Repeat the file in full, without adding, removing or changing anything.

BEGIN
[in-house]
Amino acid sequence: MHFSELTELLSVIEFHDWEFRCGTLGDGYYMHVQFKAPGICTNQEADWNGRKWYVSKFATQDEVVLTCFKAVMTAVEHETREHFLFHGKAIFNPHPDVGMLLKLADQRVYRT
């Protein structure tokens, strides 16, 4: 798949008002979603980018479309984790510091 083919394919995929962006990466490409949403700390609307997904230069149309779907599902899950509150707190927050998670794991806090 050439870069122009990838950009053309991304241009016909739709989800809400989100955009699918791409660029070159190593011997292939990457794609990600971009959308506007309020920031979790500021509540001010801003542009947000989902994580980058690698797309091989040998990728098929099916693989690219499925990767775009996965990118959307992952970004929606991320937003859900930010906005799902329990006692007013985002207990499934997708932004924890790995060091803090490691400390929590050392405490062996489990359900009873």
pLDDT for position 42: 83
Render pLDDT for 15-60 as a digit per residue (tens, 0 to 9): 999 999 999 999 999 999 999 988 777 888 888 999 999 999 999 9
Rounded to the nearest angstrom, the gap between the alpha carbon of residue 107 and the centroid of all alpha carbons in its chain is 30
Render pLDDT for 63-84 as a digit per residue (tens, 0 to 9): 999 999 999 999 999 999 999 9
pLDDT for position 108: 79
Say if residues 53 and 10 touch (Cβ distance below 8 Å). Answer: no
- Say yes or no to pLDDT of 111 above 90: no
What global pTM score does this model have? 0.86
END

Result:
[in-house]
Amino acid sequence: MHFSELTELLSVIEFHDWEFRCGTLGDGYYMHVQFKAPGICTNQEADWNGRKWYVSKFATQDEVVLTCFKAVMTAVEHETREHFLFHGKAIFNPHPDVGMLLKLADQRVYRT
């Protein structure tokens, strides 16, 4: 798949008002979603980018479309984790510091 083919394919995929962006990466490409949403700390609307997904230069149309779907599902899950509150707190927050998670794991806090 050439870069122009990838950009053309991304241009016909739709989800809400989100955009699918791409660029070159190593011997292939990457794609990600971009959308506007309020920031979790500021509540001010801003542009947000989902994580980058690698797309091989040998990728098929099916693989690219499925990767775009996965990118959307992952970004929606991320937003859900930010906005799902329990006692007013985002207990499934997708932004924890790995060091803090490691400390929590050392405490062996489990359900009873």
pLDDT for position 42: 83
Render pLDDT for 15-60 as a digit per residue (tens, 0 to 9): 999 999 999 999 999 999 999 988 777 888 888 999 999 999 999 9
Rounded to the nearest angstrom, the gap between the alpha carbon of residue 107 and the centroid of all alpha carbons in its chain is 30
Render pLDDT for 63-84 as a digit per residue (tens, 0 to 9): 999 999 999 999 999 999 999 9
pLDDT for position 108: 79
Say if residues 53 and 10 touch (Cβ distance below 8 Å). Answer: no
- Say yes or no to pLDDT of 111 above 90: no
What global pTM score does this model have? 0.86